Protecting Your Rights
Below are a some of the South Australian, Australian and International laws and guiding principles put in place to protect the rights of all children and young people everywhere. Some of these documents are complex and contain legal references which might require the assistance of an adult to navigate and interpret. They’re made available here so that can you see what legislation is in place to protect your rights as a child and young person.
United Nations Convention on the Rights of the Child (UNCRC)
The United Nations Convention on the Rights of the Child is an international treaty that recognises the human rights of all children everywhere, whatever their ethnicity, gender, religion, language, abilities, socio-economic status or other status. More than 194 countries have signed the treaty, including Australia. The UNCRC underpins the work of the Commissioner for Children and Young People, South Australia.
The Convention on the Rights of the Child has 54 articles or rights as they are also known. Articles 1 – 42 state the internationally agreed rights. Articles 43-54 are articles about how adults and governments are expected to work together to make sure all children have all their rights and at all times.
You can visit www.unicef.org/crc to read all 54 articles in full detail. Alternatively you can download the ‘at a glance’ view via this link: https://www.unicef.org.au/Upload/UNICEF/Media/Our%20work/childfriendlycrc.pdf
You can also visit the Know Your Rights page of this website.
Children and Young People (Oversight and Advocacy Bodies) Act 2016 & Children and Young People (Oversight and Advocacy Bodies) Regulations 2017
This is the Act and accompanying Regulations under which the role of the Commissioner is formally set out including the obligations and expectations of the role. It includes details of the terms of office and process of appointment along with a requirement to have two young people on the selection panel.
The Regulations (updated in November 2021) is the instrument by which the Commissioner’s role is administered, including the requirement for activities undertaken to be guided by South Australia’s Outcomes Framework for Children and Young People (2019) (see below)
Download the Act and Regulations via the links below:
South Australia’s Outcomes Framework for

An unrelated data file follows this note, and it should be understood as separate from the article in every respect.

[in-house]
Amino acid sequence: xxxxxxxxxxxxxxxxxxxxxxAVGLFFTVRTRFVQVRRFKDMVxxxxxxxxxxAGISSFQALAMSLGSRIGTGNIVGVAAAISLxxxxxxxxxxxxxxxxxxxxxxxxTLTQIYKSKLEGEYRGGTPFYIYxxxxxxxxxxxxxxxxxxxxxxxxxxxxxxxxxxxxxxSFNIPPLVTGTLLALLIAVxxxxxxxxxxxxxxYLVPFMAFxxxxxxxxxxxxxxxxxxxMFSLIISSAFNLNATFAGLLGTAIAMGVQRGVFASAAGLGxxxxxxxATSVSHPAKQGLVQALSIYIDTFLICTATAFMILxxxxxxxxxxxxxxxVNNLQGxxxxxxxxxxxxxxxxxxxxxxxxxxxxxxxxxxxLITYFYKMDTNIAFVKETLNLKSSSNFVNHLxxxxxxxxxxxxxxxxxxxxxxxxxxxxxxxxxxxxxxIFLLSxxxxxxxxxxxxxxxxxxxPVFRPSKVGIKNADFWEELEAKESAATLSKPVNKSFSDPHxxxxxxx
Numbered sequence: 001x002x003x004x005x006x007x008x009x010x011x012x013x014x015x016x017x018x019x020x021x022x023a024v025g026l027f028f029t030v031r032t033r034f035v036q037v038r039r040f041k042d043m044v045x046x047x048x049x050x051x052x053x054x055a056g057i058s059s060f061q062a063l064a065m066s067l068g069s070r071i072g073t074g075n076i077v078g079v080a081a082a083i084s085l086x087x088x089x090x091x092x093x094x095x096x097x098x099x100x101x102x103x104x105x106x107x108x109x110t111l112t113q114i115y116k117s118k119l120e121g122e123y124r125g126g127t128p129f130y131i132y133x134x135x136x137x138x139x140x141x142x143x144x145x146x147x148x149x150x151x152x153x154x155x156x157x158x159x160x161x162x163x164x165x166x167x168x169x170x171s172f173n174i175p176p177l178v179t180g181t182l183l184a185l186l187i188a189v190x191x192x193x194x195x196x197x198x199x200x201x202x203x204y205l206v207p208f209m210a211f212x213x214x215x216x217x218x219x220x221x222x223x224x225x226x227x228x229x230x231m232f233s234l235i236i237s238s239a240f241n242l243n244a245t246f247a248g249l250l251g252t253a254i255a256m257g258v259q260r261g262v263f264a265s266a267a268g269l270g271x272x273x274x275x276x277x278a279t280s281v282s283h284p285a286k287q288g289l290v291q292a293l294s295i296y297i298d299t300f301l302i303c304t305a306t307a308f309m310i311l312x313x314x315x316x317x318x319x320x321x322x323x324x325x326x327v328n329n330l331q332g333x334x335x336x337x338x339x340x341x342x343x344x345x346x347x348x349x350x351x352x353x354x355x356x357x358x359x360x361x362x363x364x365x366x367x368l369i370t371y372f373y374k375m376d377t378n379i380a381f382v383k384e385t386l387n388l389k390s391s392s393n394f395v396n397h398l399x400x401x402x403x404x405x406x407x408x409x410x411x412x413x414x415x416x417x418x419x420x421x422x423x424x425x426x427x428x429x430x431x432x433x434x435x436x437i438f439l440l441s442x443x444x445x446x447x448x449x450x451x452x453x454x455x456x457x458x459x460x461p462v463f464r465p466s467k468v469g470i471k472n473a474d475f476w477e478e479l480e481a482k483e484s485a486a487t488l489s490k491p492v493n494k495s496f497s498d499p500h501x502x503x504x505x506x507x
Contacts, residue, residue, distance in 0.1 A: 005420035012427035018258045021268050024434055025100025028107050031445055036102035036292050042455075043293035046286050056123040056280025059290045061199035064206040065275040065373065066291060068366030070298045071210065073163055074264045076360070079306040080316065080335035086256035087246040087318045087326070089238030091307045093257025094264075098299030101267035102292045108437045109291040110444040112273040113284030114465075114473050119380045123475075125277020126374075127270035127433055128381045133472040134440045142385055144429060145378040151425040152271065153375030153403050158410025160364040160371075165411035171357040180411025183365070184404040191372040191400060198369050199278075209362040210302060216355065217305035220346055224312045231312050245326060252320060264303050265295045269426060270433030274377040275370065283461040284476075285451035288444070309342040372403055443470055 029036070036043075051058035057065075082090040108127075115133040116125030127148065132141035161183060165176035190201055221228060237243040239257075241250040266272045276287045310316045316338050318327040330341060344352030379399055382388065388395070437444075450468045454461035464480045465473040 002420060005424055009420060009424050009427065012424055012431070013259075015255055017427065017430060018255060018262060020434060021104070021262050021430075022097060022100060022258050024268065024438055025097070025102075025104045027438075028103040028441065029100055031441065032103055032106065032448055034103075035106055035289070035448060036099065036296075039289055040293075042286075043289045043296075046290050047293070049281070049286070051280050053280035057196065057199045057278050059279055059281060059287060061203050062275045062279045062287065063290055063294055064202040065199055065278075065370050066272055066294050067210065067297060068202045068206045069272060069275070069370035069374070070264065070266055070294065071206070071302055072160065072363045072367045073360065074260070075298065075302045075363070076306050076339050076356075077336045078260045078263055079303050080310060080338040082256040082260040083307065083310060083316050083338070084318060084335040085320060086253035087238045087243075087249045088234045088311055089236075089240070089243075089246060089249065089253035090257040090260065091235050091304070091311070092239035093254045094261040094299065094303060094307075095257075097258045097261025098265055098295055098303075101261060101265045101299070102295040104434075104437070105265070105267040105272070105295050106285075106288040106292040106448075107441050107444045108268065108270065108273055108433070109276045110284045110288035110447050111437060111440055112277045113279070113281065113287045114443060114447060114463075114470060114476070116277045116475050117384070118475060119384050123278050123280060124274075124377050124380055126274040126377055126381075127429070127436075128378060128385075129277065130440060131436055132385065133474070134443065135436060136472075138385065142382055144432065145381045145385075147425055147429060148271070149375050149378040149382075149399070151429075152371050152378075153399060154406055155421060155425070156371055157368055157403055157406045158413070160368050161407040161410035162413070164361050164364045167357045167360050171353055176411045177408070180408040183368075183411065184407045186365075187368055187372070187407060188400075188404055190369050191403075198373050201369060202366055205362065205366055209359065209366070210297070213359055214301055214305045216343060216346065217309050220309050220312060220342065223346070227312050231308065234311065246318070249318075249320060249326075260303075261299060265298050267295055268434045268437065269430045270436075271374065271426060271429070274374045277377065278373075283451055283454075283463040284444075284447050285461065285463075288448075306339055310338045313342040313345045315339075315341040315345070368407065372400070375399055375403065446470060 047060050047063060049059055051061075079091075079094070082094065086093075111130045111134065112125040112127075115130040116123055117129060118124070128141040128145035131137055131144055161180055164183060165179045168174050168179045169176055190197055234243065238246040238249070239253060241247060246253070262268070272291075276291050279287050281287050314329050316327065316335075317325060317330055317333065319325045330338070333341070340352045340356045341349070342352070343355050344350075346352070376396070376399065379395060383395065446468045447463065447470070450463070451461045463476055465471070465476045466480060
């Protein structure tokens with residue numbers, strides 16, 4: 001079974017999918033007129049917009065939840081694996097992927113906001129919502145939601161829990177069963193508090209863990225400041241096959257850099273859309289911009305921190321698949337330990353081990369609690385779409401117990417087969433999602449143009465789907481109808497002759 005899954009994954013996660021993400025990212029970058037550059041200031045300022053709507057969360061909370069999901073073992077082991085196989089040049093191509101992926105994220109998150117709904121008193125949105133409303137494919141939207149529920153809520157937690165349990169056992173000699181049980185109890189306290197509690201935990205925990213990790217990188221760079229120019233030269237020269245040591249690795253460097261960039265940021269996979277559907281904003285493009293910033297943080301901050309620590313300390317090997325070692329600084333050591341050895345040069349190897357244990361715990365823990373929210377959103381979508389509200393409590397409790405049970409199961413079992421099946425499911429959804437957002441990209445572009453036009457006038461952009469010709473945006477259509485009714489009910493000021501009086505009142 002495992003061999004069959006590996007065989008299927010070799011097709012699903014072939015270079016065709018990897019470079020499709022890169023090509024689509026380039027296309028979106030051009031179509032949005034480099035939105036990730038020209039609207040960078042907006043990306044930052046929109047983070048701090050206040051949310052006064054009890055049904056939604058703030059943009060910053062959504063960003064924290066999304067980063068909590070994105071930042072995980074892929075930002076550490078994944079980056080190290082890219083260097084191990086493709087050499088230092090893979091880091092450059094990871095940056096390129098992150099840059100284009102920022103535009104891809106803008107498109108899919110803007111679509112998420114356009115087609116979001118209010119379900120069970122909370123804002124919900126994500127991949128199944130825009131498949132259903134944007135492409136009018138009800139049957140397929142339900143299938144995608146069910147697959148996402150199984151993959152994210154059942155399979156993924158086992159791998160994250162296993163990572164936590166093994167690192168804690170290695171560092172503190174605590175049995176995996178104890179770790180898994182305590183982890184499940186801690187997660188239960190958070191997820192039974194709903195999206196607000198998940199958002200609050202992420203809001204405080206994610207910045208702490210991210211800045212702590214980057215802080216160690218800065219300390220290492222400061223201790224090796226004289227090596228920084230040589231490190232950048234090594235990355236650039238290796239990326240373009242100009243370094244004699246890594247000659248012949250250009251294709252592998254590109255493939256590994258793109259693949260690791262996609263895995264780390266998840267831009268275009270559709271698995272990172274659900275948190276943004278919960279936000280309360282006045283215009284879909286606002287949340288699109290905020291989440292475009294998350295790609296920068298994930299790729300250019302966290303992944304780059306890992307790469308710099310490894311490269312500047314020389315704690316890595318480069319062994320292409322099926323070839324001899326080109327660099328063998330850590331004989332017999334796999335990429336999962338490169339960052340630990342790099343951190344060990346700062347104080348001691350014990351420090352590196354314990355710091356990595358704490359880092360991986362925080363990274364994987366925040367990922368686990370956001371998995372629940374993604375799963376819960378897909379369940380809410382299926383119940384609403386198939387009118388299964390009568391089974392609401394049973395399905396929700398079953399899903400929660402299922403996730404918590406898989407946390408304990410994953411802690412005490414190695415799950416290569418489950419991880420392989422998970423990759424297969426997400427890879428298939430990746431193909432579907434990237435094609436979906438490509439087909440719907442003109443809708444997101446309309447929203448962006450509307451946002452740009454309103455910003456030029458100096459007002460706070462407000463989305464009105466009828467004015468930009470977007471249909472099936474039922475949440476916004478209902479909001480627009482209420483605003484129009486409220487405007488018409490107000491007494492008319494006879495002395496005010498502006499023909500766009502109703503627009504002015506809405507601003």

Children and Young People (2019)
This framework document prepared by South Australia’s Child Development Council sets out is required of governments and the broader community to ensure that all South Australian children and young people (like you) start well, grow strong and experience a good life. Formally adopted on 14 November 2019, the framework contains five life dimensions by which the vision for all South Australian children and young people to thrive is guided and measured – health, safety, wellbeing, education and citizenship (aka preparedness for adulthood).
Read about and download the full framework here:
Equal Opportunity Act 1984 (SA)
The Equal Opportunity Act 1984 promotes equal opportunity for all South Australians. It aims to prevent discrimination and give everyone a fair chance to take part in school, work and community life.
The Fair Work Act (2009)
Workers are protected by law against discrimination on a range of grounds including age, gender and race. The Fair Work Act 2009 outlines the rights of all working people working. If you are a young person who is unsure of your rights at work find out more about them here:
The Australian Consumer Law and Fair Trading Act (1987)
The Australian Consumer Law (ACL) is the national law that protects consumers from unfair and unsafe business practices when buying goods and services. The Fair Trading Act (1987) is the state legislation that protects all consumers. Businesses must work within federal and state fair trading laws to make sure they treat their customers (including children and young people) and other businesses, fairly at all times.
The Australian Consumer Law:
The Fair Trading Act 1987:
Residential Tenancies Act (1995)
If you are a young person who is renting a property in South Australia, you and the property manager or owner, have certain responsibilities you commit to undertaking throughout the period of your tenancy. Knowing your rights and responsibilities, along with those of the property managers/owners is important. They are all outlined in South Australia’s Residential Tenancies Act (1995).
Summary of the Residential Tenancies Act 1995:
Residential Tenancies Act 1995:
Victims of Crime Act (2001)
The Victims of Crime Act (2001) outlines the principles which govern the treatment of victims of crime in our criminal justice system. If something has happened to you and you are unsure about what your rights as a victim are, then follow the links below to find out: